The sensible house in focus – pv journal Worldwide

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pv magazine - Photovoltaics Markets and Technology

From Growatt Special Edition 2020

Generators for residential and commercial power units are at the epicenter of the new era of communicable belts and two-way power flow management. The question that arises for households and businesses is where the new energy future stands.

This trend is reinforced today by the current regulatory response to lowering the cost of solar systems. Where decentralized energy generation was previously required by government subsidy programs (in particular through the feed-in tariff mechanism, which provided the PV owners on the roof with a stable income for all the electricity generated), the regulatory authorities now prescribe a market-oriented approach.

According to the new market approach, projects for distributed energy resources (DER) are only remunerated for the amount of electricity exported into the grid, usually for a very low export rate. However, the latter is not always guaranteed. For example, many countries have self-consumption rules that allow households to generate solar energy for their own consumption without paying for potential export electricity into the grid. The more self-generated solar power is consumed, the more profitable a solar system becomes for households or small businesses. What is the optimal and most profitable way to use solar energy? And how can producers consume more self-generated solar energy?

Matching operations with information technology

Energy analysts agree that the answer to these questions will include a more integrated, intelligent offering that includes solar systems combined with energy storage, EV charging, heating, demand response and energy efficiency.

The UK’s Renewable Energy Association (REA) is actively committed to developing decentralized systems that include more than just solar power, energy storage and electric vehicles, says Frank Gordon, policy director at REA. “We have called for more renewable and clean technologies to be included in the Future Homes Standard [a policy package] Linking electricity and traffic, but also heat from 2025. “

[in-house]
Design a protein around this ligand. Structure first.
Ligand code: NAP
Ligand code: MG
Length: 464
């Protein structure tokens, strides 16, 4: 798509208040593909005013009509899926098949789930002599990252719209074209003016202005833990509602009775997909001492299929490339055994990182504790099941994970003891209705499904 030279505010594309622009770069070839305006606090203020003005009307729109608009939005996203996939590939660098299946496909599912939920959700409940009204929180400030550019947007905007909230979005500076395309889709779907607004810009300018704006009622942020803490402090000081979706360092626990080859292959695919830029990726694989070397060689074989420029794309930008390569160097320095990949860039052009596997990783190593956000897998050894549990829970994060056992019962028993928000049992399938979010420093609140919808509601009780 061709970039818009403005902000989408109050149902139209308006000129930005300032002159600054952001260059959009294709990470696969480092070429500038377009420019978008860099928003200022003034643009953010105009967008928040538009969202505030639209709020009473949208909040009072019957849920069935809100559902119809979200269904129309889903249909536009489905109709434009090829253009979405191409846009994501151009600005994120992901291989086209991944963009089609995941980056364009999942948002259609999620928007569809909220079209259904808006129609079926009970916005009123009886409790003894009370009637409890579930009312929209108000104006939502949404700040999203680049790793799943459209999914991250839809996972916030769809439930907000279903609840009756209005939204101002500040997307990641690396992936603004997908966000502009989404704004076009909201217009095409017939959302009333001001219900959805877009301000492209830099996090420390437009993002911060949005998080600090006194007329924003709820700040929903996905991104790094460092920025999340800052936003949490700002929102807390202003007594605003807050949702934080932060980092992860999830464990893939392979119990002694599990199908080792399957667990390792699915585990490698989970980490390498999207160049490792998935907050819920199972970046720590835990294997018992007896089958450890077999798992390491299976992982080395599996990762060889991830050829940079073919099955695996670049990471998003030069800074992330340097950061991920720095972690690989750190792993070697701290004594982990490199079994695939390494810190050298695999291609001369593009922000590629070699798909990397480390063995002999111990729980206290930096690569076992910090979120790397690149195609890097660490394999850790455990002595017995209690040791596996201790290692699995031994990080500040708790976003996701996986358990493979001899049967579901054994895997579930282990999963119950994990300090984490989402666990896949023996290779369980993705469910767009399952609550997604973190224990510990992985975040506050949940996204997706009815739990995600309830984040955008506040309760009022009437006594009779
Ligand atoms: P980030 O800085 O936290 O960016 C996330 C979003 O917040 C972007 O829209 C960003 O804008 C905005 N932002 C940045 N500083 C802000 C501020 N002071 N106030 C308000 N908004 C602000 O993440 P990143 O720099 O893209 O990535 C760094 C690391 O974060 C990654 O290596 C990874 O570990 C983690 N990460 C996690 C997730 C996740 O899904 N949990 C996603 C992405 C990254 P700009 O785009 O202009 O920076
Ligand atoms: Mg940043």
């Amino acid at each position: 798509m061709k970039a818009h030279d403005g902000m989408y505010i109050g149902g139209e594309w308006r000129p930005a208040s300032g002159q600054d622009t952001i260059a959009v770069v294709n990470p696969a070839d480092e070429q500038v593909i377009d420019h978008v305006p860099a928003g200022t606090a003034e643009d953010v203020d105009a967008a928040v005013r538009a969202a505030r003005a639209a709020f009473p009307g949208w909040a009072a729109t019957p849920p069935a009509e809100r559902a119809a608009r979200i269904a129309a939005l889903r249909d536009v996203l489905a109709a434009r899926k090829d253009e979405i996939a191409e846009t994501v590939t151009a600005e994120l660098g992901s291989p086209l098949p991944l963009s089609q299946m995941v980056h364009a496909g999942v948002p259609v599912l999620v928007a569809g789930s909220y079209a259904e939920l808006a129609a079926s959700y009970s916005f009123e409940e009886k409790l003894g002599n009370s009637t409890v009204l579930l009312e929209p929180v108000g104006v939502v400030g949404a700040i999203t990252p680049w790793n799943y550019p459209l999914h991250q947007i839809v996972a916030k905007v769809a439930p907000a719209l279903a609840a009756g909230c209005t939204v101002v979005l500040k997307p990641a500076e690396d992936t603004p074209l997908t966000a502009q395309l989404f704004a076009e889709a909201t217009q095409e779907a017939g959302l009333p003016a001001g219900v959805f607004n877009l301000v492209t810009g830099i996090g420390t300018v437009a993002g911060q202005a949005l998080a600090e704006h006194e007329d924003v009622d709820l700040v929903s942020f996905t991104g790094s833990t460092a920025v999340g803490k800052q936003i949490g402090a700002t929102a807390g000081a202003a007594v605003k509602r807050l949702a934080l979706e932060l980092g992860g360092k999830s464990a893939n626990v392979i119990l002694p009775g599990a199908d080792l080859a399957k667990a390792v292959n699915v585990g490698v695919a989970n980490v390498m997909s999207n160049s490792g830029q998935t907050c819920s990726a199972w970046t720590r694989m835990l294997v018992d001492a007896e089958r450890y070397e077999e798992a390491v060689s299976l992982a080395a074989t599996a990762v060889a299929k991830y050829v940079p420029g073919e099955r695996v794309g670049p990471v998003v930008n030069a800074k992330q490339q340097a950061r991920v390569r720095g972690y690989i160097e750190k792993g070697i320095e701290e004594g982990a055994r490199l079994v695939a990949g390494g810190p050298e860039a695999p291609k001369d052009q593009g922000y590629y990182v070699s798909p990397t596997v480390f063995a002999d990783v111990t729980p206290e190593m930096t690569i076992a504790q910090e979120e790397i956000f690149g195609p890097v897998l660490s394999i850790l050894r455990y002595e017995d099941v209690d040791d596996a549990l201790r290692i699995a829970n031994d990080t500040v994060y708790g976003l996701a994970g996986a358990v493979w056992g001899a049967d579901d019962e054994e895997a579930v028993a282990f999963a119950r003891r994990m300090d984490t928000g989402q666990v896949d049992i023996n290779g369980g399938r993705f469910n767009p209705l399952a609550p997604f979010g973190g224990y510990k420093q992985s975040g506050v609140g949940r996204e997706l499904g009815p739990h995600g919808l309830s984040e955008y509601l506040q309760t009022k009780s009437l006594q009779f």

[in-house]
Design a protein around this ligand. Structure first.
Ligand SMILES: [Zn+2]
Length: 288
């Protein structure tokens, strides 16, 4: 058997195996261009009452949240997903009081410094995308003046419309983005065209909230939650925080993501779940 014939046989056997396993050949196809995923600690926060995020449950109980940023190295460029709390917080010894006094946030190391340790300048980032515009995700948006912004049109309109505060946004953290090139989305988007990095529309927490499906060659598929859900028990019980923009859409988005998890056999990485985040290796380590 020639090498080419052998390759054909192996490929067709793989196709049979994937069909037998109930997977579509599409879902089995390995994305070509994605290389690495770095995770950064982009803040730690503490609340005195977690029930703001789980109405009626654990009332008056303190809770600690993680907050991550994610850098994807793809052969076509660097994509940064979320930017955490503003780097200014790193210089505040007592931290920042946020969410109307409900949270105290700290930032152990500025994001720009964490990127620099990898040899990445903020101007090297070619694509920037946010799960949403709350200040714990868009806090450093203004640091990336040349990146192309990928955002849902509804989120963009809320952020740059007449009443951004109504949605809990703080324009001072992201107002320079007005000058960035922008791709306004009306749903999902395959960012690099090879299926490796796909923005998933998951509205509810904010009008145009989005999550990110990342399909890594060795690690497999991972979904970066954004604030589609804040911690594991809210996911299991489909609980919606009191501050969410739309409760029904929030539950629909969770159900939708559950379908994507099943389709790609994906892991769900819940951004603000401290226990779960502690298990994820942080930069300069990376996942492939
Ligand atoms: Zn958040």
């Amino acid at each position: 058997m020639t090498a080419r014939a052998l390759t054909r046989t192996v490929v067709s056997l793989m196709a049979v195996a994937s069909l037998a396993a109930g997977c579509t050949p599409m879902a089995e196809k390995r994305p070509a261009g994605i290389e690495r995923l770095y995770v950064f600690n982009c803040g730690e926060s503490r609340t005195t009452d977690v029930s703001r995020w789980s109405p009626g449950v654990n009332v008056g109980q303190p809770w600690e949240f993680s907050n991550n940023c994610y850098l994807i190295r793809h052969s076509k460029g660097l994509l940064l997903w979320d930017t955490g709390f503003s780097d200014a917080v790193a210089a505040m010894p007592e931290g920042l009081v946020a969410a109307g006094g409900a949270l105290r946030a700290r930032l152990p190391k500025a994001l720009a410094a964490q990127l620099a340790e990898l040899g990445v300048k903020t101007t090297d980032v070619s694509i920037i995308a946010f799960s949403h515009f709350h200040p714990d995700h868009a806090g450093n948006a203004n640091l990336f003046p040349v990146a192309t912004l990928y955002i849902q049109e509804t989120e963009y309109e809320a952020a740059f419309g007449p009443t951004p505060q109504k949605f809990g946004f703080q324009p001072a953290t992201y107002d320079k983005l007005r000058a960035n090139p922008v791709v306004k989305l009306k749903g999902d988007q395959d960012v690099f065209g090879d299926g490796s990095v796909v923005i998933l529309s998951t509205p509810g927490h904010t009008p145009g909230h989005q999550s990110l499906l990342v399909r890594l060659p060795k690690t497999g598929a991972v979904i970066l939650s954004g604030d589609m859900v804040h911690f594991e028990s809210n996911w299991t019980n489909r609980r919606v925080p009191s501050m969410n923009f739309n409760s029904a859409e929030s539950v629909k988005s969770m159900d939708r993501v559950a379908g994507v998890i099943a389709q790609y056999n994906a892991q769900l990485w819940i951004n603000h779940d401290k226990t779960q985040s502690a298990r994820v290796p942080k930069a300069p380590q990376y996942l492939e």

The GroHome solution from Growatt does exactly that: It integrates a solar PV energy system with energy storage devices, EV chargers, water heaters and Internet of Things (IoT) devices such as smart plugs, thermostats and air conditioning.

During the optimal hours of sunshine, the solar energy is automatically consumed by household appliances via IoT devices. Sometimes the excess solar energy is not fully used and in these cases it can be stored in the battery storage system for later consumption. This energy could even be converted as usable heat into thermal energy in order to increase self-consumption considerably.

The GroHome solution brings the role of decentralized generation to the fore in the energy transition. It connects all the hardware such as solar modules, inverters, battery storage and smart appliances with the software such as smart monitoring apps. GroHome integrates the hardware and software and matches the operational efficiency with the information technology in a uniform, consumer-friendly system. Growatt achieves this through remote controls, intelligent energy management, multi-zone controls and a hotkey app.

The GroHome solution

Growatt’s ShinePhone app collects all previously logged functions and allows the user to control household appliances with a single touch of a button.

Photo: Growatt

Homeowners can remotely control, switch on and off the household appliances connected to the GroHome system. The intelligent energy management system offers GroHome owners the opportunity to promote a smarter life. For example, garden lights can automatically turn off at 6 a.m. when your alarm goes off. With the GroHome multi-zone control function, customers can intelligently monitor the different areas of a house and create an individual energy model for each area in order to apply the most intelligent energy saving strategy. And finally, ShinePhone, the Growatt hotkey app, collects all previously logged functions in gadgets and enables the app user to control the home appliances with a single touch of a button.